Russia used gas as a weapon against Moldova. This recidivism requires a European response

The homeopathic gas supply organized by Poles and Ukrainians to Moldova, which is suffering from shortages, is only a band-aid solution. Putin used Gazprom as a weapon against that country. It’s time for Europe to respond – writes Wojciech Jakóbik, editor-in-chief at BiznesAlert.pl.

Polish-Ukrainian-American relief

On the 26th of October, for the first time in history, Moldova will import non-Russian gas. The country will receive one million cubic meters at the border with Ukraine as it won a tender organized by Poland’s PGNiG supported by the American-Ukrainian ERU, which acts as an intermediary in the sale of gas on the Dnieper. Although the data on this commercial contract are secret, the emergency gas supply will cost, according to the estimates of the Kommersant daily, about USD 1,100 per 1,000 cubic meters. This Russian newspaper is always ready to serve excuses for Gazprom, which is responsible for gas shortages in Moldova. Now it argues that Gazprom wanted to sell Moldova even five million cubic meters of gas at a price of USD 800 per 1000 cubic meters on the basis of the old gas contract, but the Moldovans did not want to extend the agreement. The Kommersant also brought up the claim of the Russian company about the USD 709 million debt of Moldovagaz. Coincidentally the paper decided to call attention to this issue exactly at the time when Chisinau is facing gas shortages. It is worth recalling that the estimated price of gas in the contract between Gazprom and Moldovagaz, which ended in 2020, was at about USD 175 per 1,000 cubic meters. It is worth stressing that the PGNiG-ERU duet is becoming part of a bigger plot to make the region independent of gas from Russia, similar to the LNG deal between Poland, Ukraine and the US. The diplomatic forces from Warsaw, Kiev and Washington are acting behind the scenes as part of a political agreement on gas cooperation in the region.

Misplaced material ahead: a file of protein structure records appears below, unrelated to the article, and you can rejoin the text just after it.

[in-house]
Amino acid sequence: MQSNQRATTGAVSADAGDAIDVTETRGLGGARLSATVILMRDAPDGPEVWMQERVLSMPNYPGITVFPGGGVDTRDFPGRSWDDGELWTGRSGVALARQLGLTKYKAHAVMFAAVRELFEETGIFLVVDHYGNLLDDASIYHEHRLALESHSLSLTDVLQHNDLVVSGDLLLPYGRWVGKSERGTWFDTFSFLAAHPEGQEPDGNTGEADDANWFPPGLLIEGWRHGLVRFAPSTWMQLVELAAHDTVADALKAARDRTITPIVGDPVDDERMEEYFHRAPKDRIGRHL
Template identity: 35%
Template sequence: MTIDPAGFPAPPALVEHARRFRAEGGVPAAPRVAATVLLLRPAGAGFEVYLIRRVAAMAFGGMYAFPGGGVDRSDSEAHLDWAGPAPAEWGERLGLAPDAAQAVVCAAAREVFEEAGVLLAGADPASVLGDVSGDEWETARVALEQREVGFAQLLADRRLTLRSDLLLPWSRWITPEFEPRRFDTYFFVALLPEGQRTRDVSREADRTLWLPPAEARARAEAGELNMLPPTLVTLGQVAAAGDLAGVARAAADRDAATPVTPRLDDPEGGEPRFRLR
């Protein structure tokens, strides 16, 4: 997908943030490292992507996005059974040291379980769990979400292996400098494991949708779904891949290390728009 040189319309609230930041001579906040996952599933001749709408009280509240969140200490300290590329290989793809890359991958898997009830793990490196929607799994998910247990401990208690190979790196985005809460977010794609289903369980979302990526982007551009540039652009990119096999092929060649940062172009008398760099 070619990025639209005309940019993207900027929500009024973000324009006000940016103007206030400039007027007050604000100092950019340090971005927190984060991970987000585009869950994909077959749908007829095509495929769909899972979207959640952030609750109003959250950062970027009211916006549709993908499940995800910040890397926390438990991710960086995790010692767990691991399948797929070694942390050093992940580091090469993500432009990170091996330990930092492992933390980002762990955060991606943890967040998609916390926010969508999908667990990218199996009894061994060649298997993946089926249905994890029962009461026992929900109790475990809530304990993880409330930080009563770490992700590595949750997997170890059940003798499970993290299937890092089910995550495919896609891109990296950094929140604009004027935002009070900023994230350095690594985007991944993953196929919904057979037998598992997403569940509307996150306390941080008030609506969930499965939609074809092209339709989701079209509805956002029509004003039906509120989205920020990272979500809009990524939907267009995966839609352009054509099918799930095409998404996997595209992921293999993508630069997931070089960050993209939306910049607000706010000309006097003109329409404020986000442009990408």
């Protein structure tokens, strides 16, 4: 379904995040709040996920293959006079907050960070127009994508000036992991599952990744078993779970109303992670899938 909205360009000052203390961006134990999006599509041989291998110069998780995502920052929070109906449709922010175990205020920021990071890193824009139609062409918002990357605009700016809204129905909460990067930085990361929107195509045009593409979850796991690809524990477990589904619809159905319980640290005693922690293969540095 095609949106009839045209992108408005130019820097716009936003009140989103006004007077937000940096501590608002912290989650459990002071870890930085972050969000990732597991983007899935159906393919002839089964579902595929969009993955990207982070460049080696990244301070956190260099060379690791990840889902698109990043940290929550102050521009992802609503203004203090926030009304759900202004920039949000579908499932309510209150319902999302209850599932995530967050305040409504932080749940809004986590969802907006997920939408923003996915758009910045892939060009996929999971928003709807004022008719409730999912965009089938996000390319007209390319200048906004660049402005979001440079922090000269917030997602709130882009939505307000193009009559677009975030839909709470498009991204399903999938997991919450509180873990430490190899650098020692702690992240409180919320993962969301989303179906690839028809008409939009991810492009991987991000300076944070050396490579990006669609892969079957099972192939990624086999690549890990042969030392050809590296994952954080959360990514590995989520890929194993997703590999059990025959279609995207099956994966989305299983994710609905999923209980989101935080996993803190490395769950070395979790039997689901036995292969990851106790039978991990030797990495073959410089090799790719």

Gazprom’s recidivism, or gas as a weapon in practice

Gazprom’s actions are recidivism. Russians usually bring up the debts of companies that import gas from them during political turning points or a difficult economic situation. This was the case with the debts of Naftogaz on the eve of the planned signing of the EU-Ukraine association agreement by President Viktor Yanukovych. When Yanukovych was about to sign the agreement, the debts of Naftogaz have become a problem. When under pressure from the Kremlin and in exchange for a gas discount he did not sign the document, the debts were forgotten. When he was overthrown and replaced by Petro Poroshenko, the debts of Naftogaz again became the subject of dispute. It was no different when Belarus negotiated a new gas contract with Gazprom and wanted a discount. Debts immediately became a bargaining chip. After the negotiations ended the way Russians wanted, the debts ceased to be a problem. This is because the Russians are actually ready to subsidise the price of gas to countries that pursue policies that are in line with the Kremlin’s expectations, the best example of which are Armenia and Belarus. When a country pursues a policy contrary to the interests of the Kremlin, gas supplies become the subject of a dispute, which serves the political purposes of Vladimir Putin.